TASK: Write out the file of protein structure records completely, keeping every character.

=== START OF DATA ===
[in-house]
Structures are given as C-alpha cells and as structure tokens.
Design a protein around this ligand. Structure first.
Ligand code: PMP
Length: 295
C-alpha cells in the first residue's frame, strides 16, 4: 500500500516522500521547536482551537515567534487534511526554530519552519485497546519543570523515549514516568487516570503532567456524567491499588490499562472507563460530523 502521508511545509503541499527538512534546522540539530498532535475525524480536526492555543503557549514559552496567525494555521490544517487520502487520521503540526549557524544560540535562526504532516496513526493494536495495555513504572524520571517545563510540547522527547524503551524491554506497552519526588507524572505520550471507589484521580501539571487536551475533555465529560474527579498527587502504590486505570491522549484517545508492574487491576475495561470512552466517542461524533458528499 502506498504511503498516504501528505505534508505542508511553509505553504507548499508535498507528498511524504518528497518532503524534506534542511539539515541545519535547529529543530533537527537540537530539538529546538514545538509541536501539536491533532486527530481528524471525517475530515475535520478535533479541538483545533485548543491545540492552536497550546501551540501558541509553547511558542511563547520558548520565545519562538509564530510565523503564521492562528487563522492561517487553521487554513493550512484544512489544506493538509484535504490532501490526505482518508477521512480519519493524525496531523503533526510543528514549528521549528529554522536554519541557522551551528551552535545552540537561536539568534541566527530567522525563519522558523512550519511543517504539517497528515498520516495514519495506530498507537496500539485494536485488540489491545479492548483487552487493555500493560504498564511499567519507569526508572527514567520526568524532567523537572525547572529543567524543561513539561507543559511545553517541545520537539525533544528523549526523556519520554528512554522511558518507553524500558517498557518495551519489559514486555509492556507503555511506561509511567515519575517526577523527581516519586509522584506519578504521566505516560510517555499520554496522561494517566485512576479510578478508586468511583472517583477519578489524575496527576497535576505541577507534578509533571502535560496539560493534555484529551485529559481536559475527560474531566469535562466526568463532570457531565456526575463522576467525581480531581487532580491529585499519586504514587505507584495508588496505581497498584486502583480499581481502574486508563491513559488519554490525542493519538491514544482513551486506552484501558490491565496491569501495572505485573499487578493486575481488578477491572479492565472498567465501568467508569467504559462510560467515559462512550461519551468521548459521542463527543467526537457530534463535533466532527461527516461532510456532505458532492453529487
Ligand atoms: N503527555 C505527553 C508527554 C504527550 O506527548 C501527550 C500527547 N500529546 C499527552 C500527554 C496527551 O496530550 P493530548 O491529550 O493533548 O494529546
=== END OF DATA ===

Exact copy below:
[in-house]
Structures are given as C-alpha cells and as structure tokens.
Design a protein around this ligand. Structure first.
Ligand code: PMP
Length: 295
C-alpha cells in the first residue's frame, strides 16, 4: 500500500516522500521547536482551537515567534487534511526554530519552519485497546519543570523515549514516568487516570503532567456524567491499588490499562472507563460530523 502521508511545509503541499527538512534546522540539530498532535475525524480536526492555543503557549514559552496567525494555521490544517487520502487520521503540526549557524544560540535562526504532516496513526493494536495495555513504572524520571517545563510540547522527547524503551524491554506497552519526588507524572505520550471507589484521580501539571487536551475533555465529560474527579498527587502504590486505570491522549484517545508492574487491576475495561470512552466517542461524533458528499 502506498504511503498516504501528505505534508505542508511553509505553504507548499508535498507528498511524504518528497518532503524534506534542511539539515541545519535547529529543530533537527537540537530539538529546538514545538509541536501539536491533532486527530481528524471525517475530515475535520478535533479541538483545533485548543491545540492552536497550546501551540501558541509553547511558542511563547520558548520565545519562538509564530510565523503564521492562528487563522492561517487553521487554513493550512484544512489544506493538509484535504490532501490526505482518508477521512480519519493524525496531523503533526510543528514549528521549528529554522536554519541557522551551528551552535545552540537561536539568534541566527530567522525563519522558523512550519511543517504539517497528515498520516495514519495506530498507537496500539485494536485488540489491545479492548483487552487493555500493560504498564511499567519507569526508572527514567520526568524532567523537572525547572529543567524543561513539561507543559511545553517541545520537539525533544528523549526523556519520554528512554522511558518507553524500558517498557518495551519489559514486555509492556507503555511506561509511567515519575517526577523527581516519586509522584506519578504521566505516560510517555499520554496522561494517566485512576479510578478508586468511583472517583477519578489524575496527576497535576505541577507534578509533571502535560496539560493534555484529551485529559481536559475527560474531566469535562466526568463532570457531565456526575463522576467525581480531581487532580491529585499519586504514587505507584495508588496505581497498584486502583480499581481502574486508563491513559488519554490525542493519538491514544482513551486506552484501558490491565496491569501495572505485573499487578493486575481488578477491572479492565472498567465501568467508569467504559462510560467515559462512550461519551468521548459521542463527543467526537457530534463535533466532527461527516461532510456532505458532492453529487
Ligand atoms: N503527555 C505527553 C508527554 C504527550 O506527548 C501527550 C500527547 N500529546 C499527552 C500527554 C496527551 O496530550 P493530548 O491529550 O493533548 O494529546